In addition to feuding with Ricky Steamboat for much of the remainder of the year which included hanging Steamboat from the top rope with Steamboat's own karate belt on an episode of WWF Championship Wrestling, Fuji and Muraco debuted Fuji Vice, a series of skits parodying Miami Vice, on Tuesday Night Titans (Fuji General, a parody of the ABC soap General Hospital, followed soon after). In 1986, Muraco allied with Adrian Adonis and Bob Orton Jr. in their feud with Roddy Piper. This led to Orton and Muraco becoming a regular tag team. In March 1987 they lost to the Can-Am Connection (Tom Zenk and Rick Martel) in the opening match of Wrestlemania III in front of a reported 93,173 fans at the Pontiac Silverdome.[20] In July 1987, a falling out between Muraco and Orton led to a feud between them and a face turn for Muraco. Muraco won almost every match in the feud, on TV and at house shows, until Orton left the WWF that year.

"The Rock" (1987–1988)

In a TV taping aired in November 1987, Muraco solidified his face status by saving Superstar Billy Graham from a three-on-one beating by Butch Reed, One Man Gang and Slick, and taking Graham as his new manager. Muraco adopted Graham's tie-dye attire and changed his nickname from "Magnificent Muraco" to "The Rock" (although announcer Gorilla Monsoon continued to refer to Muraco by his previous nickname). Muraco replaced Graham on the team led by his former rival Hulk Hogan at the first Survivor Series,[21] and had a good showing at the first Royal Rumble, where he eliminated three wrestlers (tied for second most with "Hacksaw" Jim Duggan) and was one of the final four competitors.[22] He later reached the quarterfinals of the WWF World Heavyweight Championship tournament at WrestleMania IV.[23] In his final months with the WWF, he feuded with Greg Valentine and lost to Dino Bravo at the inaugural SummerSlam.[24] Muraco had his last match in the WWF against Barry Horowitz in October 1988 on a tour of Italy, but was then fired.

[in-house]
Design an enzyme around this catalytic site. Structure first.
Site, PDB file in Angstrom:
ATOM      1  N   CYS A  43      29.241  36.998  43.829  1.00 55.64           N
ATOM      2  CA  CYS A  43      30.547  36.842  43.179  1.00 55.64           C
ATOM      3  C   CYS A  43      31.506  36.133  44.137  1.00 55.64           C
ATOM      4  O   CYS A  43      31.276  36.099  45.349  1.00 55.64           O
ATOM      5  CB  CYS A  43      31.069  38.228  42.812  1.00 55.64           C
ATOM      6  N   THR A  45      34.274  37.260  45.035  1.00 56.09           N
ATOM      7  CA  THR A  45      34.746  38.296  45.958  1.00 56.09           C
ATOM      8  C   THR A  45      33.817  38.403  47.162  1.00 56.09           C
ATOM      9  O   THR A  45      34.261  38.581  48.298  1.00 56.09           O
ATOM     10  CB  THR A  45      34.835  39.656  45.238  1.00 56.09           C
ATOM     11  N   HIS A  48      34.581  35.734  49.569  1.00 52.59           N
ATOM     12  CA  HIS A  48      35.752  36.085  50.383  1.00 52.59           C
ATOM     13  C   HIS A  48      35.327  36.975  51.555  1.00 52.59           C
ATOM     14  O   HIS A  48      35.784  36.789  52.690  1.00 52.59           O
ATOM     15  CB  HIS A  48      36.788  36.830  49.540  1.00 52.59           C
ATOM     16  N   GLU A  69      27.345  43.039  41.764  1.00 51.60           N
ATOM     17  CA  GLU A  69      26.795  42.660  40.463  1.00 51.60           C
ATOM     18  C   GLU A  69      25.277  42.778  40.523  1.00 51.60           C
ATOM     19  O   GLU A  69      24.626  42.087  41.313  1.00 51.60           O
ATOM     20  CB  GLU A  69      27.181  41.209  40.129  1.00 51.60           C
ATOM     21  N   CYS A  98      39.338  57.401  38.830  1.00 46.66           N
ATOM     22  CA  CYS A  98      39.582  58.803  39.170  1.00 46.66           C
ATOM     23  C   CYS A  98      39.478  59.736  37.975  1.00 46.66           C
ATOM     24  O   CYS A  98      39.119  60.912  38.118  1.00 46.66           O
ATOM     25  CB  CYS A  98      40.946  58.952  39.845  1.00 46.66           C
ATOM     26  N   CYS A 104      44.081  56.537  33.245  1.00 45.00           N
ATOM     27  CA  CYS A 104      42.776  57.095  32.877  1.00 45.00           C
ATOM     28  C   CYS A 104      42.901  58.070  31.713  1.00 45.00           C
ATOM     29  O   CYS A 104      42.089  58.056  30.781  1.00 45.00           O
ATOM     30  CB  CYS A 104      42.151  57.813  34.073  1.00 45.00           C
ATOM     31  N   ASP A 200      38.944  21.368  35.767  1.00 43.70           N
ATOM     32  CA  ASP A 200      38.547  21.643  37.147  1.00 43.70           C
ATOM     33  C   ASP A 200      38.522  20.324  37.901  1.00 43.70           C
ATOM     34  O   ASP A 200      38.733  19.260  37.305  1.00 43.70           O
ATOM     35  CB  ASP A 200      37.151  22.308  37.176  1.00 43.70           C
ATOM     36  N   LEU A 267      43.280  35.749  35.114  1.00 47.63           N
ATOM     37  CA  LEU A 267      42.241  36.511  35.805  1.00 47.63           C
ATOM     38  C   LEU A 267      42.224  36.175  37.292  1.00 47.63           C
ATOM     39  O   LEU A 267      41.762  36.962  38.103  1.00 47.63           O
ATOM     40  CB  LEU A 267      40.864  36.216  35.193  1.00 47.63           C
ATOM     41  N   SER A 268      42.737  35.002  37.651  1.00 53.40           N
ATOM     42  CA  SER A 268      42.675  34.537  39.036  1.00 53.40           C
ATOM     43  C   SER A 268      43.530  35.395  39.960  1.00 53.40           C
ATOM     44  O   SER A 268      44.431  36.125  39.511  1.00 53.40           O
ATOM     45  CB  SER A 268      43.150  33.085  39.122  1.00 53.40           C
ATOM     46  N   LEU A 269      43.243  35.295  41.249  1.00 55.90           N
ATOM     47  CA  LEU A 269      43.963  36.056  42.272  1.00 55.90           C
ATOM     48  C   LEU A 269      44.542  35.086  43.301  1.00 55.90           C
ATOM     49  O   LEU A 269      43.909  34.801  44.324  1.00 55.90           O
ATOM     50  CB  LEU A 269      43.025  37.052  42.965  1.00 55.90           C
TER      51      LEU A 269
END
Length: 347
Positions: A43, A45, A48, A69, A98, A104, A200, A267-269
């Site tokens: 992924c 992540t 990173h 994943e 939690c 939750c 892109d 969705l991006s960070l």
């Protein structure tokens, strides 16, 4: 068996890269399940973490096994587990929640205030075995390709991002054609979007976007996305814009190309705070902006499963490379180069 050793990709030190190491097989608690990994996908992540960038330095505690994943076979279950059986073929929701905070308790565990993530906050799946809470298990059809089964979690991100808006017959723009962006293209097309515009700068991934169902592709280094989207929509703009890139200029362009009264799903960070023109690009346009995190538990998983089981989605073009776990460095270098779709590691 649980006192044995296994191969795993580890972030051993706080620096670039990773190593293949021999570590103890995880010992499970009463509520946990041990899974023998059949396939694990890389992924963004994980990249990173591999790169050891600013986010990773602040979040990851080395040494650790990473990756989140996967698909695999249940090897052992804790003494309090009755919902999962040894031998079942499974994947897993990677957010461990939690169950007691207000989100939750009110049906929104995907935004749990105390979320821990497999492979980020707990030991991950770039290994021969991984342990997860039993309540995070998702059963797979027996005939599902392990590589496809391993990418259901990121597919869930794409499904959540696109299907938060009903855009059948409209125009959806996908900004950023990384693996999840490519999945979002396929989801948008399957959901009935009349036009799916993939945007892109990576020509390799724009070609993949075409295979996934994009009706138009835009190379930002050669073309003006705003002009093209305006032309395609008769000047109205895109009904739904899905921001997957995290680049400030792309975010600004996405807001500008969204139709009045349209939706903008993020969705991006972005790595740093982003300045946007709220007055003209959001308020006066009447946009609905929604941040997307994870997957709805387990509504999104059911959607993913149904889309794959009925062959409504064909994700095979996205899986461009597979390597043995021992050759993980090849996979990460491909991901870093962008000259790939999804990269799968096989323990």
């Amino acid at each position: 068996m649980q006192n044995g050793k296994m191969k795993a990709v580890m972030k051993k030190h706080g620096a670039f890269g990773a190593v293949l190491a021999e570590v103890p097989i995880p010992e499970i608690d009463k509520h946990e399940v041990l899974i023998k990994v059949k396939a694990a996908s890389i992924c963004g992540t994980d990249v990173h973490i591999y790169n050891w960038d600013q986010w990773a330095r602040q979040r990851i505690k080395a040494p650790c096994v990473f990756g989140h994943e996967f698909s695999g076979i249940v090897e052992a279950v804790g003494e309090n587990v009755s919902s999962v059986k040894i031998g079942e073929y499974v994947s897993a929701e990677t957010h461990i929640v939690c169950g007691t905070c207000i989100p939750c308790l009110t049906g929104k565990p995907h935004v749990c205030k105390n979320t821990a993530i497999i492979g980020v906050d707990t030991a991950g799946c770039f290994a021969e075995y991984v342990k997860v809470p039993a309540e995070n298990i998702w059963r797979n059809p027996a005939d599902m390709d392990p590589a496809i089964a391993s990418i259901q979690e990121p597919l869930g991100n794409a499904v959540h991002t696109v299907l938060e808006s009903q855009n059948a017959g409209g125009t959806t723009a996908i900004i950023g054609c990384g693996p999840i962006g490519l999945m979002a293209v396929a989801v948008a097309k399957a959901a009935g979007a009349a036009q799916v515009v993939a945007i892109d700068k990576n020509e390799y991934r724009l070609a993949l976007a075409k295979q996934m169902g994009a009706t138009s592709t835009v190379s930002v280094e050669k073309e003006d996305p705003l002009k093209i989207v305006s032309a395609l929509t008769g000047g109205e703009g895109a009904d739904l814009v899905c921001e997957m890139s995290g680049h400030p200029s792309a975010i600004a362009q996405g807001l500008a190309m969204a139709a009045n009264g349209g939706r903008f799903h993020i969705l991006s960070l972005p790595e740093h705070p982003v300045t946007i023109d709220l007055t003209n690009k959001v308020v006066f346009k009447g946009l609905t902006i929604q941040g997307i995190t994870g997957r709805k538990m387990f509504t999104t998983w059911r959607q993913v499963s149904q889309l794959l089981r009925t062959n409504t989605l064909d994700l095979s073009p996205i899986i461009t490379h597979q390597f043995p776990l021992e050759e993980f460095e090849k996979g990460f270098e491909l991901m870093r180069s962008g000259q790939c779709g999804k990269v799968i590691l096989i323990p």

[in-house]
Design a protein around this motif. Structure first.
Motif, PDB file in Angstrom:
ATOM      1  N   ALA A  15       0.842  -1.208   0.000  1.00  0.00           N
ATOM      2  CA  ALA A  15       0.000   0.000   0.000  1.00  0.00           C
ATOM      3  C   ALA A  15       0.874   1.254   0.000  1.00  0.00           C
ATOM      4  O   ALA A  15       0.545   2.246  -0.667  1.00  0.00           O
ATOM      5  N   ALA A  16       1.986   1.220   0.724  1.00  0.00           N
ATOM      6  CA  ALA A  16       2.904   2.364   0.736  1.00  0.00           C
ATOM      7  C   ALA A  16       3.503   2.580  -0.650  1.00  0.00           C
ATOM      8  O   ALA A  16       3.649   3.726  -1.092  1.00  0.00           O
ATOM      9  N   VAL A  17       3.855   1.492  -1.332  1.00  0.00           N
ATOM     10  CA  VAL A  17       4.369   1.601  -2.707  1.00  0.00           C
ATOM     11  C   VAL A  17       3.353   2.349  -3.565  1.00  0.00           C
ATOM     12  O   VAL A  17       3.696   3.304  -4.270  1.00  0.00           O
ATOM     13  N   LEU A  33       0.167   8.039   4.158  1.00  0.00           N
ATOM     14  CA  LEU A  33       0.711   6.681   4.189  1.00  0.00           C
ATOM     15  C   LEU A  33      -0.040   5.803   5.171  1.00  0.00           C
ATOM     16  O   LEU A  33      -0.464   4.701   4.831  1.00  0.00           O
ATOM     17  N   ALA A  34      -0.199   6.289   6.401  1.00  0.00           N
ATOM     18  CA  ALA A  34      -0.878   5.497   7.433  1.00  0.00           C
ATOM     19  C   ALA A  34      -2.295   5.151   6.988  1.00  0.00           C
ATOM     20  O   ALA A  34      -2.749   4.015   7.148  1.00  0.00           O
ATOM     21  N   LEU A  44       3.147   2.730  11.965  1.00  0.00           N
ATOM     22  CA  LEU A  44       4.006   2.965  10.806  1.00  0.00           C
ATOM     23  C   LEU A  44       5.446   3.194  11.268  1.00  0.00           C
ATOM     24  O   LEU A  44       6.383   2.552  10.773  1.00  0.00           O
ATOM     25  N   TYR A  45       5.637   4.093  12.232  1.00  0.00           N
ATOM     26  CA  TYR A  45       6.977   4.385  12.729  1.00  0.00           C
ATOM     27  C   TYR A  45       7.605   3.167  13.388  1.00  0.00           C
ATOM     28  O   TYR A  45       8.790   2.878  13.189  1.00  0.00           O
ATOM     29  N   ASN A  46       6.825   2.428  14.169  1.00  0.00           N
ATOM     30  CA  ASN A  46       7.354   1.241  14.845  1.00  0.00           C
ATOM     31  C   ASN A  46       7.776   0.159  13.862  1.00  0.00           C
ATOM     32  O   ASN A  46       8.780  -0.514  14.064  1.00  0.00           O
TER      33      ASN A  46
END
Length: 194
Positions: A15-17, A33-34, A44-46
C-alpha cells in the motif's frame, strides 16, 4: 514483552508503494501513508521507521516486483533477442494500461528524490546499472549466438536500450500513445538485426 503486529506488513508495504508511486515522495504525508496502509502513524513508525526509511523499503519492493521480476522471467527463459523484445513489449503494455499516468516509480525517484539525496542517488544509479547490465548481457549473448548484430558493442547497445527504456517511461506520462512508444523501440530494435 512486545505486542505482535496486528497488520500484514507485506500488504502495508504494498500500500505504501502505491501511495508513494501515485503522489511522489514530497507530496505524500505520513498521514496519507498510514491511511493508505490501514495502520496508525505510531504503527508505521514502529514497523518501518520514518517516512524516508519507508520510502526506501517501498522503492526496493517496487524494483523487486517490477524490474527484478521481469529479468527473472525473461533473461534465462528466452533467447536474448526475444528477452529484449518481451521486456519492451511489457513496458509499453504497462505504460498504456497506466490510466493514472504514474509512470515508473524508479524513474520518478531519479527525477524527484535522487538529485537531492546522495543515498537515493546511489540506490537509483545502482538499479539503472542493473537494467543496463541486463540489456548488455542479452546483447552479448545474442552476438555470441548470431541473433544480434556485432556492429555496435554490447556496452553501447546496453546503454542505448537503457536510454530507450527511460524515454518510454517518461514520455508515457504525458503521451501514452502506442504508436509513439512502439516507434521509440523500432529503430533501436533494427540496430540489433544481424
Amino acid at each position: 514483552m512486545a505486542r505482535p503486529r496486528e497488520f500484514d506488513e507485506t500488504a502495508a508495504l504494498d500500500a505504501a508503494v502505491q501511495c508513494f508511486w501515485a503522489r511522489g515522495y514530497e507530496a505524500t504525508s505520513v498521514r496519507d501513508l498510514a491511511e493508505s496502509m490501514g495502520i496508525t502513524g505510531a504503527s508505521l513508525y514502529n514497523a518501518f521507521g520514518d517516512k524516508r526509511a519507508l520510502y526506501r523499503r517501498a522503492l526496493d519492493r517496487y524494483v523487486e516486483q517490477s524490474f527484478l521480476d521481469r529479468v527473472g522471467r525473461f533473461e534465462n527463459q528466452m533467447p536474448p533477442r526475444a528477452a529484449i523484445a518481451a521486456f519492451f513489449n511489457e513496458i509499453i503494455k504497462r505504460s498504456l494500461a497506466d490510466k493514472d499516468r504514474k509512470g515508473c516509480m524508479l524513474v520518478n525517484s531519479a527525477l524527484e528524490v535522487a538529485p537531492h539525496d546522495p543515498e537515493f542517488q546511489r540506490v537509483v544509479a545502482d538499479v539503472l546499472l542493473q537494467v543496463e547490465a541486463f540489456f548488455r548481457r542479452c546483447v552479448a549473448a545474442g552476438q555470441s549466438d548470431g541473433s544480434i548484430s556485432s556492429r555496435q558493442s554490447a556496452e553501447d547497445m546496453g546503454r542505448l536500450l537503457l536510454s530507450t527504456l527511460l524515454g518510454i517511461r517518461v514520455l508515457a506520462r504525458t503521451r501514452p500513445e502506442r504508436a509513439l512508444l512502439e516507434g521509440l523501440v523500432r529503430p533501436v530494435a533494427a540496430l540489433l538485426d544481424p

Various promotions (1988–1995)

After leaving the WWF, Muraco split his time between Stampede Wrestling (where he defeated Makhan Singh to win the North American Heavyweight title), the AWA (where he wrestled AWA World Heavyweight Champion Larry Zbyszko to a double disqualification), All Japan Pro Wrestling, and Herb Abrams' UWF (where he feuded with Cactus Jack). On May 23, 1993 he made an appearance at World Championship Wrestling where he teamed with Dick Murdoch and Jimmy Snuka against Wahoo McDaniel, Jim Brunzell and Blackjack Mulligan at Slamboree 1993: A Legends' Reunion.[25]

Eastern Championship Wrestling (1992–1993)

Before the promotion was renamed Extreme Championship Wrestling, Muraco rekindled old feuds there with Jimmy Snuka and Tito Santana. He defeated Snuka on September 30, 1992, for the ECW Championship, dropping it to The Sandman on November 16. On April 3, 1993, he regained it in a rematch, finally losing it to Santana on August 8.